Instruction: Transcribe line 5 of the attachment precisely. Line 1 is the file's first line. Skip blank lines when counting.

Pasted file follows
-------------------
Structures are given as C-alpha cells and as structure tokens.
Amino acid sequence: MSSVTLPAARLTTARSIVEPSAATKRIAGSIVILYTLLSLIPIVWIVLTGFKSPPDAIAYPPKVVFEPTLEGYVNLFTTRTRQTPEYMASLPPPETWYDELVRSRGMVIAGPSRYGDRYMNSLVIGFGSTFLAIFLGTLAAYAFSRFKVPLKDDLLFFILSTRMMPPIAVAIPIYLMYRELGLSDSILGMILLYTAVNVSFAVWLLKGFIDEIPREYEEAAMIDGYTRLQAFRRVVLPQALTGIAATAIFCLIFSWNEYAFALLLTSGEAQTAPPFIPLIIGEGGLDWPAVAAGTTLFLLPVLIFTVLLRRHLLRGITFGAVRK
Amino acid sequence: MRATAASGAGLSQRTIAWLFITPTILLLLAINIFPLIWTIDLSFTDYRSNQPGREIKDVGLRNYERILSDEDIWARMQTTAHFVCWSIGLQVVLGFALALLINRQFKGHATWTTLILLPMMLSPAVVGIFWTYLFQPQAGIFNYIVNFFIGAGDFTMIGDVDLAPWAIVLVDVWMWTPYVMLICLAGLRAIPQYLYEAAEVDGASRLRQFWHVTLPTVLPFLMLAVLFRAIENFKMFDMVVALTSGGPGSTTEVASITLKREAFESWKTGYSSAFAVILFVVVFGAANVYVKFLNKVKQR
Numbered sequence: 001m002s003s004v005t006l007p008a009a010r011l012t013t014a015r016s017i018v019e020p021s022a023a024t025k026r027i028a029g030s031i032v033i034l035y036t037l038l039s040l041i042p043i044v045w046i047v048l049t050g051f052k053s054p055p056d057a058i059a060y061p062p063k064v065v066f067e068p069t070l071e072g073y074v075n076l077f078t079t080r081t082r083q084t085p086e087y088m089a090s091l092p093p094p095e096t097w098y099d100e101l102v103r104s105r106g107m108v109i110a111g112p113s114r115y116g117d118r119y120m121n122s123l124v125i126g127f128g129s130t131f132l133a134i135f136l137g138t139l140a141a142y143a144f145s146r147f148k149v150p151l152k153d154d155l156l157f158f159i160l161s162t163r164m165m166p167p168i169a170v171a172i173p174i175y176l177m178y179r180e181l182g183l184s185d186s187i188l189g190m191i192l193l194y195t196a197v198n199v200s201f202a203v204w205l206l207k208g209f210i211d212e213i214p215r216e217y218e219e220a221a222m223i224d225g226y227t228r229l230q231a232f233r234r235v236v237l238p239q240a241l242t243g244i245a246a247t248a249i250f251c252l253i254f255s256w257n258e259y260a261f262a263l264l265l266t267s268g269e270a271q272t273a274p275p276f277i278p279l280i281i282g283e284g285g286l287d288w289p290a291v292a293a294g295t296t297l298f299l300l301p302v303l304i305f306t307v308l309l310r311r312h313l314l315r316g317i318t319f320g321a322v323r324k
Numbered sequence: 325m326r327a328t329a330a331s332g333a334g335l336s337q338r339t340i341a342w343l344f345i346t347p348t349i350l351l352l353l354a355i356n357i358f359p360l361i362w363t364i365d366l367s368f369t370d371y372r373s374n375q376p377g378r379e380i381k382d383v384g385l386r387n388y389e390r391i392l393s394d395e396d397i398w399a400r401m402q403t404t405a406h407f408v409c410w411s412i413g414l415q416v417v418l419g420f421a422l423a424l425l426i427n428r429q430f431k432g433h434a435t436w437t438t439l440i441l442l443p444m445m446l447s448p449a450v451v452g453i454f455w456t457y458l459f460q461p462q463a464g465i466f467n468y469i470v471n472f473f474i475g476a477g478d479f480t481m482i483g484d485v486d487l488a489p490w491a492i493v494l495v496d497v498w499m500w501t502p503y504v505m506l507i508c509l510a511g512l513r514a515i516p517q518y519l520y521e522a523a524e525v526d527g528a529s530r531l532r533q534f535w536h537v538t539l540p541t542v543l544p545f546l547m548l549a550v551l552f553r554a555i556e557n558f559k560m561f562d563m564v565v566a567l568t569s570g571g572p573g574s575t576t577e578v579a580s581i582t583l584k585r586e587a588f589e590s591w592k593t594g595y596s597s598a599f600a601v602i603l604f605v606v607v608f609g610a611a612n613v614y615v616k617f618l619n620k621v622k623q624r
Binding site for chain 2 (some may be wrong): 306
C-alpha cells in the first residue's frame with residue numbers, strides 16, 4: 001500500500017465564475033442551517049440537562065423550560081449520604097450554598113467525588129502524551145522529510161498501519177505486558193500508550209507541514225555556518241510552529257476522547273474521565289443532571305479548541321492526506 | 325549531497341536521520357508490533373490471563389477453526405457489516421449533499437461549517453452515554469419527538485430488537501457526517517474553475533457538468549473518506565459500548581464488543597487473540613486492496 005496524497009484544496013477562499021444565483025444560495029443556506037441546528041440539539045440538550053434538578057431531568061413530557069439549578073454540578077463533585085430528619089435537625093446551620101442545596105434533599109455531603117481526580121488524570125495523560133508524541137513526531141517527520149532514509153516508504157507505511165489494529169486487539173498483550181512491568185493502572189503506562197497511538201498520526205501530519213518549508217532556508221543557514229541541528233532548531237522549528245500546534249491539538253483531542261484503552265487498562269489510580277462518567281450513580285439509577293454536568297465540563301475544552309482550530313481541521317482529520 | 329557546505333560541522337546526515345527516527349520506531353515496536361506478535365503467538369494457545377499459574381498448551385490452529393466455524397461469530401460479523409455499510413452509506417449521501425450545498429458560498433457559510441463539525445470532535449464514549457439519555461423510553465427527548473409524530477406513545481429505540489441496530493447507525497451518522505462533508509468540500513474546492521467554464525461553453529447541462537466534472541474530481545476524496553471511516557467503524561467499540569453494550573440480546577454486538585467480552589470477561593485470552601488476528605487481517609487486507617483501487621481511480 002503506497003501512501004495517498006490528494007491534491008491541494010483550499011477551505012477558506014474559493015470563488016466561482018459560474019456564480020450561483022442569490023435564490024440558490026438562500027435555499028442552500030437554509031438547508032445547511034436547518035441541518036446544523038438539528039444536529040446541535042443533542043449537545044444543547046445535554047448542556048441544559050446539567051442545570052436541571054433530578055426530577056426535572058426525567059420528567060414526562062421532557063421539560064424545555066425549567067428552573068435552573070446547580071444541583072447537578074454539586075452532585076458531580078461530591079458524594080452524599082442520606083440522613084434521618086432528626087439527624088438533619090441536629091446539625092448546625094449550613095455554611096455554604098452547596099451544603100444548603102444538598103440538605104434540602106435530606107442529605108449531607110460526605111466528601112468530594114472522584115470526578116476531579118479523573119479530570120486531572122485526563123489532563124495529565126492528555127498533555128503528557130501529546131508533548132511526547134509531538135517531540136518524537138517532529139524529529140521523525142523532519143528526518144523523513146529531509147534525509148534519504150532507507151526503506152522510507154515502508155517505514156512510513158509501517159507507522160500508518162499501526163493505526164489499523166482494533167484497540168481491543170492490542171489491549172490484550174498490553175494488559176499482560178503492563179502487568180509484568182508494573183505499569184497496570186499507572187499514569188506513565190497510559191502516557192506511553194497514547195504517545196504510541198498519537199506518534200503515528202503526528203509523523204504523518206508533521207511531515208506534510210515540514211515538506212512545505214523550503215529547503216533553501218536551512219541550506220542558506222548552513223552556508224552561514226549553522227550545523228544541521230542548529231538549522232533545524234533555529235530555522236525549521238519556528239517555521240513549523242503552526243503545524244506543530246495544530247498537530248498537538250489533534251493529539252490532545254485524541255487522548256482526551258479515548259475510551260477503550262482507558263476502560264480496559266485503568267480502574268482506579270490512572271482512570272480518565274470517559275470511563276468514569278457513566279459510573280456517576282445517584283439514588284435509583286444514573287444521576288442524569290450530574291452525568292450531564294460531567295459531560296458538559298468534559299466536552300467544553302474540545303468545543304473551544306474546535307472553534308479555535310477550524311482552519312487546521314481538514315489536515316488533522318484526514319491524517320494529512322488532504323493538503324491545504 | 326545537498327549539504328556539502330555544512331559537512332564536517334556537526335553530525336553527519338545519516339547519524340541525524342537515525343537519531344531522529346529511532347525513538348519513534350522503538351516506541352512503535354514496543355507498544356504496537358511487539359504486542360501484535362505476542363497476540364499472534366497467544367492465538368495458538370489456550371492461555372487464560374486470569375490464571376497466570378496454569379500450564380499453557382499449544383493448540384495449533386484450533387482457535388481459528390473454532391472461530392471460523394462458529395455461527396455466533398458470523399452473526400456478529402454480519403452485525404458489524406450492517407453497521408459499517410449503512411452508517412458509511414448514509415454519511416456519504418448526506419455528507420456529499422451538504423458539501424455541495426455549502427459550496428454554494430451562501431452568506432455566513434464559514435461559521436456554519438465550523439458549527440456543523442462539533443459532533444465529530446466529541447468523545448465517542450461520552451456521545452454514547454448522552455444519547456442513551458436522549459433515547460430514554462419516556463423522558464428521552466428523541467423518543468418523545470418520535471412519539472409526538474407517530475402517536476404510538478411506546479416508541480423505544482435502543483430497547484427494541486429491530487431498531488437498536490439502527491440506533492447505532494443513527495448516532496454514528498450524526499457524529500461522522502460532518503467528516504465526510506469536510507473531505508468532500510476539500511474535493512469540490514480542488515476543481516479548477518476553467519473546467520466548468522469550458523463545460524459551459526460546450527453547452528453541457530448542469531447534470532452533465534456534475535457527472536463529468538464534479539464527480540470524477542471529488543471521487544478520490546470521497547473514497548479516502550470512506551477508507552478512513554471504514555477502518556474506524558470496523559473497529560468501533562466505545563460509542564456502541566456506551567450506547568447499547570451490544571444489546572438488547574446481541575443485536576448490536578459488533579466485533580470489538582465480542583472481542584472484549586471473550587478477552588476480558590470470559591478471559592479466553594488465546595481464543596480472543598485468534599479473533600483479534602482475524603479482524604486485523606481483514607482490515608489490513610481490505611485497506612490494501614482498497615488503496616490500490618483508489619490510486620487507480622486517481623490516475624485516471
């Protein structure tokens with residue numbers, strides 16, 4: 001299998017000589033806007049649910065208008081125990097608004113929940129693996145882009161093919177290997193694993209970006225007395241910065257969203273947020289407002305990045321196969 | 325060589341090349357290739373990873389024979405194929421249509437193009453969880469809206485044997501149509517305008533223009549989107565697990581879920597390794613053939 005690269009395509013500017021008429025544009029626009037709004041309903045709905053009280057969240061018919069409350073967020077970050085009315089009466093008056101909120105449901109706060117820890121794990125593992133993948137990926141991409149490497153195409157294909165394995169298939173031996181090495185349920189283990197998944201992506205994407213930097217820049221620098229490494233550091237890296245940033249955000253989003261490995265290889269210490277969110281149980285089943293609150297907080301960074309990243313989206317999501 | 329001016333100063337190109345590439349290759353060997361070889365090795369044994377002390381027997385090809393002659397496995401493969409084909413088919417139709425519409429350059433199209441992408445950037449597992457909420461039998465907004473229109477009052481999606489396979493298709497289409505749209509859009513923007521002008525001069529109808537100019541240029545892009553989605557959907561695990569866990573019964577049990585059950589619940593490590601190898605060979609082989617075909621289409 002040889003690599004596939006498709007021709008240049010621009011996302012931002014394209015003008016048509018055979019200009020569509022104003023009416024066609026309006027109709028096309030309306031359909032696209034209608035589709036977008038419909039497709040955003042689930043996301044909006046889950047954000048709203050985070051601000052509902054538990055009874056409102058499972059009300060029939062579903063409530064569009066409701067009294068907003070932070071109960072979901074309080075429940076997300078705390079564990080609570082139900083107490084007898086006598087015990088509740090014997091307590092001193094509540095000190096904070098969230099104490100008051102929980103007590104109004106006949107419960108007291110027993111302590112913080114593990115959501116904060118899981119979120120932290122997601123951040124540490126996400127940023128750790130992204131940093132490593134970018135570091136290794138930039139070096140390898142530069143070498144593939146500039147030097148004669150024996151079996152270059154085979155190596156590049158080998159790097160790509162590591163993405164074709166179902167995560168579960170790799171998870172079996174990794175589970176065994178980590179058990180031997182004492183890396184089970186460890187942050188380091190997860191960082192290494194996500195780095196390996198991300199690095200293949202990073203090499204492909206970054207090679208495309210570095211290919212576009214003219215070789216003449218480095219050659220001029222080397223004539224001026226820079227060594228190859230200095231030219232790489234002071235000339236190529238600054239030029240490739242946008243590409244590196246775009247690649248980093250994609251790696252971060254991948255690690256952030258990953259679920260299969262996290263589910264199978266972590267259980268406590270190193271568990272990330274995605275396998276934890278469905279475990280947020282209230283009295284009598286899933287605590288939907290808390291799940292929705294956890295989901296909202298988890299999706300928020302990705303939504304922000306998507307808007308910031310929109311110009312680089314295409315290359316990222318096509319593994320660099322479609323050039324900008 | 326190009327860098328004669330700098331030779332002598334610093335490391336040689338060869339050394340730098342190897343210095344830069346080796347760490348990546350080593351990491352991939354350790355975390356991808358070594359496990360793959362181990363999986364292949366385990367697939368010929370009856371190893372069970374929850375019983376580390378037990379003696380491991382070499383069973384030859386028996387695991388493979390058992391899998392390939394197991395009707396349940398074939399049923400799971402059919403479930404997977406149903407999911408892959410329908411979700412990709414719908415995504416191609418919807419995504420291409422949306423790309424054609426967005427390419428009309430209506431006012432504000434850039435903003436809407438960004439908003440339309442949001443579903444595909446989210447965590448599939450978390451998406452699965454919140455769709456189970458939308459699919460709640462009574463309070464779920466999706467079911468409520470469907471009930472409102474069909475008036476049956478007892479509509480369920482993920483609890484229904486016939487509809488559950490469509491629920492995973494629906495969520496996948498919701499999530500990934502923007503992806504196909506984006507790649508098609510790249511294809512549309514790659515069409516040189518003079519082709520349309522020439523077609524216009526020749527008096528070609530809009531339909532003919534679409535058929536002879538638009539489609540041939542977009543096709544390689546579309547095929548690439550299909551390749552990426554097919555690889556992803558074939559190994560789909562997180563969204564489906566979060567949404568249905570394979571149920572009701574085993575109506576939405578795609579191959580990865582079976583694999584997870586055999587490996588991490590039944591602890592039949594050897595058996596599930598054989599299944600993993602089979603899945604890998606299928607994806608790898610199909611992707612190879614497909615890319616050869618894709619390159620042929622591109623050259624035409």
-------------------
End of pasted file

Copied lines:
Numbered sequence: 325m326r327a328t329a330a331s332g333a334g335l336s337q338r339t340i341a342w343l344f345i346t347p348t349i350l351l352l353l354a355i356n357i358f359p360l361i362w363t364i365d366l367s368f369t370d371y372r373s374n375q376p377g378r379e380i381k382d383v384g385l386r387n388y389e390r391i392l393s394d395e396d397i398w399a400r401m402q403t404t405a406h407f408v409c410w411s412i413g414l415q416v417v418l419g420f421a422l423a424l425l426i427n428r429q430f431k432g433h434a435t436w437t438t439l440i441l442l443p444m445m446l447s448p449a450v451v452g453i454f455w456t457y458l459f460q461p462q463a464g465i466f467n468y469i470v471n472f473f474i475g476a477g478d479f480t481m482i483g484d485v486d487l488a489p490w491a492i493v494l495v496d497v498w499m500w501t502p503y504v505m506l507i508c509l510a511g512l513r514a515i516p517q518y519l520y521e522a523a524e525v526d527g528a529s530r531l532r533q534f535w536h537v538t539l540p541t542v543l544p545f546l547m548l549a550v551l552f553r554a555i556e557n558f559k560m561f562d563m564v565v566a567l568t569s570g571g572p573g574s575t576t577e578v579a580s581i582t583l584k585r586e587a588f589e590s591w592k593t594g595y596s597s598a599f600a601v602i603l604f605v606v607v608f609g610a611a612n613v614y615v616k617f618l619n620k621v622k623q624r